Volume: 04, Issue: 04 10/19/2005 
Chandra's image of the Galactic Center has provided evidence for a new and unexpected way for stars to form. Image courtesy NASA/CXC/MIT/F.K.Baganoff et al.
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A combination of infrared and X-ray observations indicates a surplus of massive stars has formed from a large disk of gas around Sgr A*, the Milky Way's central black hole. Illustration courtesy NASA/CXC/M.Weiss.
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Hubble Searches for Possible Moon Resources
Max Q: The All-NASA Rock Band
Saturn Moon Dione Displays Icy Tranquility
Enhance Your Teaching Skills

Black Holes Spawn New Generations of Stars

New research has proven black holes may not be as villainous as their reputation indicates. NASA's Chandra X-ray Observatory has revealed a new generation of stars spawned by a super-massive black hole at the center of the Milky Way galaxy.

"Massive black holes are usually known for violence and destruction," said Sergei Nayakshin of the University of Leicester, United Kingdom. "So it's remarkable this black hole helped create new stars, not just destroy them."

Black holes have earned their fearsome reputation because any material (including stars) that falls within their "event horizon" is never seen again. The new Chandra results indicate immense disks of gas, orbiting many black holes at a safe distance from the event horizon, can help nurture the formation of new stars. This conclusion comes from new clues that could only be revealed in X-rays.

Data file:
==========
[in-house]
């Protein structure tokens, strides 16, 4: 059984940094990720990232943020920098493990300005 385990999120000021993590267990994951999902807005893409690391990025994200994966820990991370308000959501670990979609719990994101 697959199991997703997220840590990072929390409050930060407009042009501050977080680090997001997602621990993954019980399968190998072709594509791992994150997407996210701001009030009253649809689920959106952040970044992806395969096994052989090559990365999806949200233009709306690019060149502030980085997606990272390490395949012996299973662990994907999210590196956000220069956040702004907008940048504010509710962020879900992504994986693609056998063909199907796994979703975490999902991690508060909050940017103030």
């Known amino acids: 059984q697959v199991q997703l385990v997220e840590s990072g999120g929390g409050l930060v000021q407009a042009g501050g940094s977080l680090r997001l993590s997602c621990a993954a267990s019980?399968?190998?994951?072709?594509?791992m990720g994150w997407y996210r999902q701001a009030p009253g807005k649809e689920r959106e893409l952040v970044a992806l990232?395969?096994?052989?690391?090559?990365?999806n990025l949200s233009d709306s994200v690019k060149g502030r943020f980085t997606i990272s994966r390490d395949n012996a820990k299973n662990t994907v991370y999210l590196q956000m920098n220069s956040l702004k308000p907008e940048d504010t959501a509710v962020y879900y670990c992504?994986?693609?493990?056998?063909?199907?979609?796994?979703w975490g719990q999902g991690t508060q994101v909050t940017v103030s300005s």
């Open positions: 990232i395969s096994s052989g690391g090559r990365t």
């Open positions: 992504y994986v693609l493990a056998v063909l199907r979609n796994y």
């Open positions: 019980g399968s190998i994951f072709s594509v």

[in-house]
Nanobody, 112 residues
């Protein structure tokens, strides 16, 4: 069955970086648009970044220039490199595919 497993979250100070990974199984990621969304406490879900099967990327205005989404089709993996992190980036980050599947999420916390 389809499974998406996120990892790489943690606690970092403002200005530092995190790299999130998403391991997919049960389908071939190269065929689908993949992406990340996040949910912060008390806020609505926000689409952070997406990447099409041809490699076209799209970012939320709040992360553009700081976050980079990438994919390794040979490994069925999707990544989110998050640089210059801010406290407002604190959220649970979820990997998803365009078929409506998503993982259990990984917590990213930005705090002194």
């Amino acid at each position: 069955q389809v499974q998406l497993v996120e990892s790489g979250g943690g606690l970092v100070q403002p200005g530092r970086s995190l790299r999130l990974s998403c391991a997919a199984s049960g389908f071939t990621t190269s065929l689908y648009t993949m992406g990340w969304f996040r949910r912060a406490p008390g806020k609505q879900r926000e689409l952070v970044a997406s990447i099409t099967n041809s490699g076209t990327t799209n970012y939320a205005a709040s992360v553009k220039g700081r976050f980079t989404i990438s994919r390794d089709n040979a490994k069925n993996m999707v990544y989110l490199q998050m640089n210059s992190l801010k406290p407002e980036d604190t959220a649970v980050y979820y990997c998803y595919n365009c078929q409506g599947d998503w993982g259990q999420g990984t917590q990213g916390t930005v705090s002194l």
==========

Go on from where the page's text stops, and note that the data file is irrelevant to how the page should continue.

Until the latest Chandra results, researchers disagreed about the origin of a mysterious group of massive stars known as Sagittarius A* (Sgr A*). Discovered by infrared astronomers, Sgr A* orbit less than a light year from the Milky Way's central black hole. At such close distances, the standard model for star forming gas clouds predicts they should have been ripped apart by tidal forces from the black hole.

Based on previous research, two models have been proposed to explain this puzzle. In the disk model, the gravity of a dense disk of gas around Sgr A* offsets the tidal forces and allows stars to form. In the migration model, the stars formed in a cluster far away from the black hole and then migrated in to form the ring of massive stars. The migration scenario predicts about a million low mass, sun-like stars in and around the ring. In the disk model, the number of low mass stars could be much less.

Researchers used Chandra observations to compare the X-ray glow from the region around Sgr A* to the X-ray emission from thousands of young stars in the Orion Nebula star cluster. They found the Sgr A* star cluster contains only about 10,000 low mass stars, thereby ruling out the migration model. Because the galactic center is shrouded in dust and gas, it has not been possible to look for the low-mass stars in optical observations. X-ray data have allowed astronomers to penetrate the veil of gas and dust and look for these low mass stars.

"In one of the most inhospitable places in our galaxy, stars have prevailed," Nayakshin said. "It appears star formation is much more tenacious than we previously believed."

The research suggests the rules of star formation change when stars form in the disk surrounding a giant black hole. Because this environment is very different from typical star formation regions, the proportion of forming stars changes. For example, a much higher percentage of massive stars exist in the disks around black holes.

For more information about this research on the Web, visit these websites:

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